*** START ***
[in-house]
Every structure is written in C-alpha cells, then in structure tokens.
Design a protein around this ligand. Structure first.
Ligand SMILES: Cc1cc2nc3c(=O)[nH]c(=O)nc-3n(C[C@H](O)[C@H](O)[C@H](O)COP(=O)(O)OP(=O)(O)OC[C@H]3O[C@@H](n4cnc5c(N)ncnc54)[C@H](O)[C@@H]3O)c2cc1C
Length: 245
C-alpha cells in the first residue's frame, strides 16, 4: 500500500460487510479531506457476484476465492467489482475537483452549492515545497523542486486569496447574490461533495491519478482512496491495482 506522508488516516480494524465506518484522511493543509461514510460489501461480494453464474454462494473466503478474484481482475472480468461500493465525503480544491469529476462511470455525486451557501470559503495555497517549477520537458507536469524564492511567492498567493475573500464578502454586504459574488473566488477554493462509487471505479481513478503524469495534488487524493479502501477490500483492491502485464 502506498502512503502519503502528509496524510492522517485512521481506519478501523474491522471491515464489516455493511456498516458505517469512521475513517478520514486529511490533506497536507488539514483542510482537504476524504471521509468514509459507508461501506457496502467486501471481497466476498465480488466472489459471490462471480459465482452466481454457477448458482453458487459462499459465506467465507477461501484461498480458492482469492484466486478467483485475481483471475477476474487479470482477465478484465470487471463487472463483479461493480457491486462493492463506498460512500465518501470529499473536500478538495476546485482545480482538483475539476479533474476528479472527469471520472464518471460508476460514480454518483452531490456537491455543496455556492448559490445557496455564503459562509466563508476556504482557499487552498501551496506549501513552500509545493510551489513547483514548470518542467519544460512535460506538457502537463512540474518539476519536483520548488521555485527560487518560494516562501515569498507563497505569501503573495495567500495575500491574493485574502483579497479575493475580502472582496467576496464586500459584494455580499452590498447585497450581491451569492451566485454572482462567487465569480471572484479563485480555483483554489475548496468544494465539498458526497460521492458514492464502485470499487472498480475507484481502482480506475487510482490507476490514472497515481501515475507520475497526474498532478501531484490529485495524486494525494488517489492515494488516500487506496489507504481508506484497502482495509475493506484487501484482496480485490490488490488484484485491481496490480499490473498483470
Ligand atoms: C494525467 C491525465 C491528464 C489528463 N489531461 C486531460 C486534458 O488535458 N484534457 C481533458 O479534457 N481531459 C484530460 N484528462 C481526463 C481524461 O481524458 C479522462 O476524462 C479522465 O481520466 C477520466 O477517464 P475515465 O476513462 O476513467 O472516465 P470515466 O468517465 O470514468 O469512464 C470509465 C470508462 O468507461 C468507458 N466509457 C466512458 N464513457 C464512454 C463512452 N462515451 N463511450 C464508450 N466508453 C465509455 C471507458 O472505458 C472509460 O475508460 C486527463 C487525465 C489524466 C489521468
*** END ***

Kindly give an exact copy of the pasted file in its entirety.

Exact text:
[in-house]
Every structure is written in C-alpha cells, then in structure tokens.
Design a protein around this ligand. Structure first.
Ligand SMILES: Cc1cc2nc3c(=O)[nH]c(=O)nc-3n(C[C@H](O)[C@H](O)[C@H](O)COP(=O)(O)OP(=O)(O)OC[C@H]3O[C@@H](n4cnc5c(N)ncnc54)[C@H](O)[C@@H]3O)c2cc1C
Length: 245
C-alpha cells in the first residue's frame, strides 16, 4: 500500500460487510479531506457476484476465492467489482475537483452549492515545497523542486486569496447574490461533495491519478482512496491495482 506522508488516516480494524465506518484522511493543509461514510460489501461480494453464474454462494473466503478474484481482475472480468461500493465525503480544491469529476462511470455525486451557501470559503495555497517549477520537458507536469524564492511567492498567493475573500464578502454586504459574488473566488477554493462509487471505479481513478503524469495534488487524493479502501477490500483492491502485464 502506498502512503502519503502528509496524510492522517485512521481506519478501523474491522471491515464489516455493511456498516458505517469512521475513517478520514486529511490533506497536507488539514483542510482537504476524504471521509468514509459507508461501506457496502467486501471481497466476498465480488466472489459471490462471480459465482452466481454457477448458482453458487459462499459465506467465507477461501484461498480458492482469492484466486478467483485475481483471475477476474487479470482477465478484465470487471463487472463483479461493480457491486462493492463506498460512500465518501470529499473536500478538495476546485482545480482538483475539476479533474476528479472527469471520472464518471460508476460514480454518483452531490456537491455543496455556492448559490445557496455564503459562509466563508476556504482557499487552498501551496506549501513552500509545493510551489513547483514548470518542467519544460512535460506538457502537463512540474518539476519536483520548488521555485527560487518560494516562501515569498507563497505569501503573495495567500495575500491574493485574502483579497479575493475580502472582496467576496464586500459584494455580499452590498447585497450581491451569492451566485454572482462567487465569480471572484479563485480555483483554489475548496468544494465539498458526497460521492458514492464502485470499487472498480475507484481502482480506475487510482490507476490514472497515481501515475507520475497526474498532478501531484490529485495524486494525494488517489492515494488516500487506496489507504481508506484497502482495509475493506484487501484482496480485490490488490488484484485491481496490480499490473498483470
Ligand atoms: C494525467 C491525465 C491528464 C489528463 N489531461 C486531460 C486534458 O488535458 N484534457 C481533458 O479534457 N481531459 C484530460 N484528462 C481526463 C481524461 O481524458 C479522462 O476524462 C479522465 O481520466 C477520466 O477517464 P475515465 O476513462 O476513467 O472516465 P470515466 O468517465 O470514468 O469512464 C470509465 C470508462 O468507461 C468507458 N466509457 C466512458 N464513457 C464512454 C463512452 N462515451 N463511450 C464508450 N466508453 C465509455 C471507458 O472505458 C472509460 O475508460 C486527463 C487525465 C489524466 C489521468